The process was humbling but, at last, things started to change. I would get fliers at the Nostrand Ave. event and met folks like L.I.F.E. Long who’d invite me to whatever showcase he had going on. Even if it was in Newark and I had to give up sleep that night, I was going. There were no excuses anymore.

The more events I attended, the more people I met. Hitting up spots like EOW (End of the Weak) and the Nuyorican Poet’s Cafe, at the time hosted by Homeboy Sandman, I met folks that would become my musical peers over the next couple of years. Whether we were ciphering out front or performing onstage, there was a sense of community and I felt I started to belong to it.

I would go to Sin Sin for Freestyle Mondays with about $6 in my pocket, $5 for a beer and $1 to tip the band, and hone my freestyle and battle skills with some of the dopest MCs in the city, which many of whom I now call friends.

Now… Some folks think I possess some level of confidence and at times, cockiness when they first meet me. This could not be further from the truth in those days. I usually did my song, pulled down my Phillies hat, and shyly sipped my beer, waiting for approval, be it a head nod or a mumbled, “good job.”

As time moved on, my confidence grew. I began writing songs, not just freestyling, and even though I still slept on an air mattress (for a solid year straight. Try bringing a self-respecting girl home to that!), I had gained a bit of stride. I was a sponge at events, studying live performances and methods of crowd interaction, stepping up my networking ability and making some good friends in the process.

At this time I moved to a somewhat permanent location in the Lower East Side. I used to sip a beer and sit on my fire escape, soaking in the idyllic scenery of 200-year-old tenement buildings, mixed in with brand new organic cafes. This, at times, was how I always pictured New York. Waking up for work no matter how little sleep I got became routine. I would lay there for about two minutes every single morning and remind myself why I was there and why skipping out was not an option. I even climbed the ranks at the hotel restaurant, moving up to a front desk position. You may not believe it, but I don’t think I called out or was late once during these times. I worked like my music depended on it. And actually… it did.

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Jesse Abraham, Tah Phrum Duh Bush, PremRock, Ciph Diggy (Photo: Victoria Holt/VR Photo)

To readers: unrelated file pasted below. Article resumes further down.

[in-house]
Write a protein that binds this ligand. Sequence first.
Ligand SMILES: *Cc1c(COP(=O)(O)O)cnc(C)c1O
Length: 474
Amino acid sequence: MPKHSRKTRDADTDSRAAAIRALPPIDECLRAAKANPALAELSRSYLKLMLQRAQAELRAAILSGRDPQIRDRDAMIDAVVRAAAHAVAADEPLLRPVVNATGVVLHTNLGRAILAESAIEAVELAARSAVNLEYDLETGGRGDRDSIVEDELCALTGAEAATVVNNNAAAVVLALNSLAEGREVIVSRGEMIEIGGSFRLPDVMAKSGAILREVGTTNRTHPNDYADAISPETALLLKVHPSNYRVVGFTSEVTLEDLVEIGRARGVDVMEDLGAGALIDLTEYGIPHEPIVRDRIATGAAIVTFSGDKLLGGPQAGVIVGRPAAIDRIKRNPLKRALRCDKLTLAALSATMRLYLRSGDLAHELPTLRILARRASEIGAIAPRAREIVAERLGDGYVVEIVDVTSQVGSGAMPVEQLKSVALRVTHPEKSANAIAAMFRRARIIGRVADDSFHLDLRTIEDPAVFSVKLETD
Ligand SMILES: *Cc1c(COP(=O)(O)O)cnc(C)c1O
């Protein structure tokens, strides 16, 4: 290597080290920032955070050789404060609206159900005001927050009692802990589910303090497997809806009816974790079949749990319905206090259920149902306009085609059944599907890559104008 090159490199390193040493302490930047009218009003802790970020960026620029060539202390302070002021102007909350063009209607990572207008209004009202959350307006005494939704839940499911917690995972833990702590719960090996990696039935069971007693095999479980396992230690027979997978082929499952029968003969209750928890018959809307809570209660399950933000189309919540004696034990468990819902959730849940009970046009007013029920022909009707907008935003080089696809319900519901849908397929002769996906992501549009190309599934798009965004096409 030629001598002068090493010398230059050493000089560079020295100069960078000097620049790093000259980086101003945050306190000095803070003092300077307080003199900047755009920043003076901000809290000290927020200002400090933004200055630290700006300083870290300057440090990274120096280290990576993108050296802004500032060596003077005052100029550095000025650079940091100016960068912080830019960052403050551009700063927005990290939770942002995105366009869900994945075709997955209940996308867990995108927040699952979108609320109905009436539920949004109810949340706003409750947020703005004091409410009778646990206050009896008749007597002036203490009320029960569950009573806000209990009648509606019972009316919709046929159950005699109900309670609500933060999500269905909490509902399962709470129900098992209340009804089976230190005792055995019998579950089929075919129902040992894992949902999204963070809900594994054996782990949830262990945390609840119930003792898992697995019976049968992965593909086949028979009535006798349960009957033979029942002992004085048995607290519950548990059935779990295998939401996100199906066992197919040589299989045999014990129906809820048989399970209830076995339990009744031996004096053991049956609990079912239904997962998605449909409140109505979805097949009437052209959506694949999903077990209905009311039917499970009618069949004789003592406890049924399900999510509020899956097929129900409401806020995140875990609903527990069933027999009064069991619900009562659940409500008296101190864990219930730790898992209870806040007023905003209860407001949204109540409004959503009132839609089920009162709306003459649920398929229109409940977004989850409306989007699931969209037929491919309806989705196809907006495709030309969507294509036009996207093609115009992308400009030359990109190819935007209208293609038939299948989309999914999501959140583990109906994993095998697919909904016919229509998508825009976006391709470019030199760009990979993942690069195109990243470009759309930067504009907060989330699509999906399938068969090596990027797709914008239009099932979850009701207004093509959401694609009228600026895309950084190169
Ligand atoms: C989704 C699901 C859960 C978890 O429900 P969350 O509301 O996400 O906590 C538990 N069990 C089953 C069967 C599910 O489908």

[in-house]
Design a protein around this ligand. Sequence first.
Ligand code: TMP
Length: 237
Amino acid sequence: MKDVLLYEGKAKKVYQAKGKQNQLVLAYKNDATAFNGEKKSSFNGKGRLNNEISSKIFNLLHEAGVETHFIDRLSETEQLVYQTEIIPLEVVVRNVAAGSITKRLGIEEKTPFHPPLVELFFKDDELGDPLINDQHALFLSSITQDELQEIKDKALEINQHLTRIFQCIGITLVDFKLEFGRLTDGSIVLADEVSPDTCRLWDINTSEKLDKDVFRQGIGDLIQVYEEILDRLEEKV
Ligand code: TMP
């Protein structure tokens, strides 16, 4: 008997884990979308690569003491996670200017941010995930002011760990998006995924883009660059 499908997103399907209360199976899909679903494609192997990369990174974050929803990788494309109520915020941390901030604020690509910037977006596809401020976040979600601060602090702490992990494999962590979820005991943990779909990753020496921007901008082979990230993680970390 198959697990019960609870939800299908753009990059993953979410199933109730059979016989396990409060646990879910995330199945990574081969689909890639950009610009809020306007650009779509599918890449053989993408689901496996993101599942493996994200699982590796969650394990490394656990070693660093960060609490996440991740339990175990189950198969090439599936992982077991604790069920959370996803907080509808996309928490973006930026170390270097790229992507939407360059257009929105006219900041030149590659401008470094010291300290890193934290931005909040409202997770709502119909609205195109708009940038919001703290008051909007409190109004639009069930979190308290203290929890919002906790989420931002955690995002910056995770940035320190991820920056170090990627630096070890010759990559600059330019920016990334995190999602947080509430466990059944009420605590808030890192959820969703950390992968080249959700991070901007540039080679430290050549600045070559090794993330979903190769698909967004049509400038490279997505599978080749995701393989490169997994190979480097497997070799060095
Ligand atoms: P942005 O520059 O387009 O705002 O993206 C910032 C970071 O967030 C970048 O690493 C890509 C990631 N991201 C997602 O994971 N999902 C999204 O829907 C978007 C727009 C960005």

There are countless people to thank during this period who do not even realize how small actions made a huge difference in my transformation. Reflecting now from my apartment, I’ve since released two studio albums, worked with a label and coordinated two tours across Europe and beyond. I have the tendency to jump right into things with little to no previous knowledge. I’m a dreamer who answers only to passion. It’s been an incredible ride.

From stage diving with Warren Britt, to BK brainstorm sessions with Jesse Abraham on how we can make a difference. From writing a song with no electricity with Dyalekt, to EOW ciphers with OISD and Kalil Kash, to going four rounds of battle with Rabbi Darkside only to lose the war of attrition to one of the best. From never beating Chaz Kangas at Sin Sin (sigh), to exchanging business cards with Willie Green at Bondfire, not knowing we’d work on two albums together and set fires across the globe in the coming years, watching countless burgeoning talents gain their stride in humbling settings just like I did, going from paying $10 to perform one song to getting dinner, unlimited beers, hotels, train rides and $300 for a set in the Czech Republic. All the while, learning valuable life lessons, meeting some beautiful women and writing some damn good songs.

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PremRock and Producer Willie Green

I take these beginning years in New York City with me everywhere I go. I’ve come a long way since that kid on the train moving his life’s possessions, sleeping on an air mattress and getting heated when his Discman ran out of AAs.

This is a memoir of sorts, but it’s really meant to be a thank you letter. A thank you to one of the greatest cities in the world for helping mold me. A thank you to all the people who saw what was inside of me when others didn’t. A thank you for the tough love it gave me in the beginning. A thank you for making this exterior a little tougher and this mind a little wiser. I have a lot of plans and am taking a lot of risks in the next year, but I’m not worried or afraid of any of it. Because… Well, you know what they say right? If you can make it here…..

And I kind of feel like… I already have.

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A Scene From a PremRock Performance in the Czech Republic

Visit PremRock online at www.PlanetPremRock.com